Five developments from a promising A's camp

March 5th, 2024

This story was excerpted from Martín Gallegos’ A’s Beat newsletter. To read the full newsletter, click here. And subscribe to get it regularly in your inbox.

MESA, Ariz. -- Coming off a second consecutive 100-loss season, the A’s entered Spring Training feeling optimistic that a turnaround was near based on their offseason acquisitions and the amount of young talent that debuted over the second half of 2023.

Of course, spring numbers can often be misleading, so it is important not to overreact to the early success the A’s are enjoying both on the hitting and pitching sides. But at the very least, these spring accomplishments are providing some validation of those feelings the club had coming into camp.

Here are five observations from A’s Spring Training:

1. Miller looks unhittable

The A’s are not ruling out the possibility of one day emerging as the ace of their rotation. But at least for the 2024 season, Miller will pitch solely out of the bullpen as the club looks to limit his workload given his injury history.

Through two spring outings, Miller, ranked as Oakland’s No. 2 prospect by MLB Pipeline, has worked two perfect innings with five strikeouts while showing off a blazing fastball that is topping out at 103 mph, along with a wipeout slider. A’s manager Mark Kotsay has shied away from naming Miller the outright closer, though if this type of dominance continues throughout the spring and he keeps making opposing hitters look hopeless, it will be hard to justify any other reliever taking on that role.

2. A harder-hitting Ruiz

After finished near the bottom of the Majors in hard-hit contact and average exit velocity, the A’s sent him into the offseason with adjustments to work on regarding his swing and overall mechanics at the plate.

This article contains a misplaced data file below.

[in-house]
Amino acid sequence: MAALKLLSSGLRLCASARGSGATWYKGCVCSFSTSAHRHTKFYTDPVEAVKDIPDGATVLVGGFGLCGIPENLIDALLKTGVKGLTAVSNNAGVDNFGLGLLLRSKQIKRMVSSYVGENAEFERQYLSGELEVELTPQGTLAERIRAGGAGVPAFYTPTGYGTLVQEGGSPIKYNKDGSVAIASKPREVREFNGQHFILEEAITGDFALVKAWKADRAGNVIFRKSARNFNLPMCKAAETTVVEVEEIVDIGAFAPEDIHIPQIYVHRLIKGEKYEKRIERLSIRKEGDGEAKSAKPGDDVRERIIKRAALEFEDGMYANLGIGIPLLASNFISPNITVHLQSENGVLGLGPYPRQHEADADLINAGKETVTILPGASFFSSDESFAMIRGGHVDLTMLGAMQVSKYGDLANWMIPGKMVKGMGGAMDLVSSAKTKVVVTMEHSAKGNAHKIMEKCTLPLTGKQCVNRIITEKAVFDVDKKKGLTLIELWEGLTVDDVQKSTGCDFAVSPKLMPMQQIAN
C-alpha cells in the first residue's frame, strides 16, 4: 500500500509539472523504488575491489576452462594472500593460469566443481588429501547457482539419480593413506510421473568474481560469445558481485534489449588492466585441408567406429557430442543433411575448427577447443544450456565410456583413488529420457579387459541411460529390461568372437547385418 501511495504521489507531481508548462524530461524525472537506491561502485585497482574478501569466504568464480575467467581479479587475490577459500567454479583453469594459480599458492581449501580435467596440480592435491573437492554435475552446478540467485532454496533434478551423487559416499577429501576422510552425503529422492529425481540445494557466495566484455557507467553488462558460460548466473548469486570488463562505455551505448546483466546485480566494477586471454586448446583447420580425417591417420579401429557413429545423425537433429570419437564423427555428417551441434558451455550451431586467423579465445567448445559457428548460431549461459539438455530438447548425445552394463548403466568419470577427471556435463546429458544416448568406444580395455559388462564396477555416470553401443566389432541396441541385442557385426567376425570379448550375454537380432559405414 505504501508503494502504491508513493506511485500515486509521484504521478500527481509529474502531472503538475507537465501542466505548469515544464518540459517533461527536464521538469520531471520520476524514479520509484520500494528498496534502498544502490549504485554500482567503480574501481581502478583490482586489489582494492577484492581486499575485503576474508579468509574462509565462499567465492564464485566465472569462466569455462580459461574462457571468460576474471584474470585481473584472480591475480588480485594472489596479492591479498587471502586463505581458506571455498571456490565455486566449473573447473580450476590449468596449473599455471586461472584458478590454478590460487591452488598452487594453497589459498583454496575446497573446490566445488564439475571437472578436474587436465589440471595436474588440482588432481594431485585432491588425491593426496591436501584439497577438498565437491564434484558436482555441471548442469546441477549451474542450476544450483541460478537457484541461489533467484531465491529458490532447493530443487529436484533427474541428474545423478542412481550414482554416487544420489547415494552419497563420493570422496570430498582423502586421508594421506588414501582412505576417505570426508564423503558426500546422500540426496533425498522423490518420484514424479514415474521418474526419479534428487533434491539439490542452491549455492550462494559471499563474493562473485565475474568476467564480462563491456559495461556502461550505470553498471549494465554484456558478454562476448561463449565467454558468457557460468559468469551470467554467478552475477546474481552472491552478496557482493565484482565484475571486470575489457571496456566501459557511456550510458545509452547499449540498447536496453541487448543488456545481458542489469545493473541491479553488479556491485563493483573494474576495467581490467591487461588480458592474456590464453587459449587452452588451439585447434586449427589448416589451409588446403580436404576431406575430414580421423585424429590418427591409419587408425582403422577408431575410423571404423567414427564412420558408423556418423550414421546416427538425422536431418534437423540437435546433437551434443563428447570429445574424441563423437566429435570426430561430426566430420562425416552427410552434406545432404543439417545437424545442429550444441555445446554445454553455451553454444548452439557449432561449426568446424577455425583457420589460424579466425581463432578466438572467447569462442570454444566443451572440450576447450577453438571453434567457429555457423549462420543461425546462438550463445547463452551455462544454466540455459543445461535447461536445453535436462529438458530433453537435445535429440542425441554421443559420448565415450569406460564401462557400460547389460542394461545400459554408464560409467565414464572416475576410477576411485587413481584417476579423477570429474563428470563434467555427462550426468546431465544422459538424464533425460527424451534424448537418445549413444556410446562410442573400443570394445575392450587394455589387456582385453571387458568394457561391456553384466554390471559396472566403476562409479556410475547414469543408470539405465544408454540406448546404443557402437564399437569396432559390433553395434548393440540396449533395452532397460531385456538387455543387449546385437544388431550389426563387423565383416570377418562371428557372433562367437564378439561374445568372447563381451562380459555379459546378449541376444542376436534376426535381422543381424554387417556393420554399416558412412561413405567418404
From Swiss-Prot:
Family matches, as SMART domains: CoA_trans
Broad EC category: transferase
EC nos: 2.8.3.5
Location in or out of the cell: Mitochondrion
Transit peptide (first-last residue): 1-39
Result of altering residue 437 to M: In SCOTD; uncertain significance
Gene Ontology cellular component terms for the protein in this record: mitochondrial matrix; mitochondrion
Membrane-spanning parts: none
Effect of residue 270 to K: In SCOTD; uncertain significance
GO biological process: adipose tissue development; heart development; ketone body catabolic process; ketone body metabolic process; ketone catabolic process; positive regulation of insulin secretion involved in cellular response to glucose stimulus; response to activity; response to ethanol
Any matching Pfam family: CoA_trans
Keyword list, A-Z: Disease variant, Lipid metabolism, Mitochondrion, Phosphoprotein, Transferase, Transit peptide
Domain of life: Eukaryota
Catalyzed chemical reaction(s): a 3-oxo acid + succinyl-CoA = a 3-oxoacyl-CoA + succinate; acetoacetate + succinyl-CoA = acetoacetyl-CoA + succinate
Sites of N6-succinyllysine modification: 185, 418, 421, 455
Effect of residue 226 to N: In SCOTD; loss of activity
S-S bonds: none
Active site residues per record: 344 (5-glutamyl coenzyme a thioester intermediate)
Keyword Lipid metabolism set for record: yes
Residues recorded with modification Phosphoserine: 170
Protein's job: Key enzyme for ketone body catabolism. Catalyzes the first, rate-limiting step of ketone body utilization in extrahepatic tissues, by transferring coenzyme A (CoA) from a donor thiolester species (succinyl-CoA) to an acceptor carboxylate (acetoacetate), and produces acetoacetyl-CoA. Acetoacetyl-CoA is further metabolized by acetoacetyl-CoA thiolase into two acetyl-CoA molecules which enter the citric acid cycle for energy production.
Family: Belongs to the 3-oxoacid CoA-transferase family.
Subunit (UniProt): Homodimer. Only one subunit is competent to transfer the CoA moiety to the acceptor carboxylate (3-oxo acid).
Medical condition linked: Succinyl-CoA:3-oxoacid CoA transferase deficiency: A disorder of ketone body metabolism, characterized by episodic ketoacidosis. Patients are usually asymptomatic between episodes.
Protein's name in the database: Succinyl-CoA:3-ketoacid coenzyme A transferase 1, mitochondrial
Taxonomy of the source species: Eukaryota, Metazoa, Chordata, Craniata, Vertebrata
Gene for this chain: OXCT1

Early on in Cactus League play, the A’s are encouraged by Ruiz’s more frequent hard contact. His average exit velocity is up, showing signs that he made the necessary changes the club believes will help him become a more consistent hitter in 2024. That, in turn, will lead to a higher on-base percentage and perhaps a chance to improve upon his 67 stolen bases from last season, which set an American League rookie record.

“The exit velos are definitely up,” Kotsay said of Ruiz. “His bat path looks better. I told him he’s taking some great swings. Last year, his helmet was falling off, which means his head position wasn’t in the right place. He’s cleaned the mechanics up a little bit and he looks better.”

3. Hernaiz is a serious contender for third base

, Oakland’s No. 9 prospect, was thought to be on the outside looking in for a roster spot entering camp. Between his hot start and an injury to Aledmys Díaz, however, Hernaiz is doing all he can to force the A’s hand. The 22-year-old infielder is 5-for-16 (.313) through seven spring games.

What Hernaiz is doing on defense is perhaps the more important development in camp. Primarily a shortstop in the Minors, Hernaiz has silenced previous concerns about his arm, leading the A’s to believe he can handle third base, a position which remains without a true established starter.

4. Boyle is separating himself from the pack

has picked up where he left off in 2023. In two spring outings, the 6-foot-7 righty is routinely blowing triple-digit fastballs by hitters and demonstrating good control of all his pitches. The other young starters in contention for the final spot in the A’s rotation -- such as Joey Estes, Mitch Spence and Luis Medina -- are all building a strong case, but it’s Boyle who currently stands out as the leader for that job.

5. Early offensive explosion

Entering Tuesday, Oakland’s 62 runs scored in 10 games were tied for third-most in the Cactus League. More importantly, Ruiz, Zack Gelof, Lawrence Butler, Seth Brown and Ryan Noda are all swinging the bat well, providing hope that the A’s -- who in 2023 ranked last in MLB in runs scored -- could be poised to take a step forward in '24.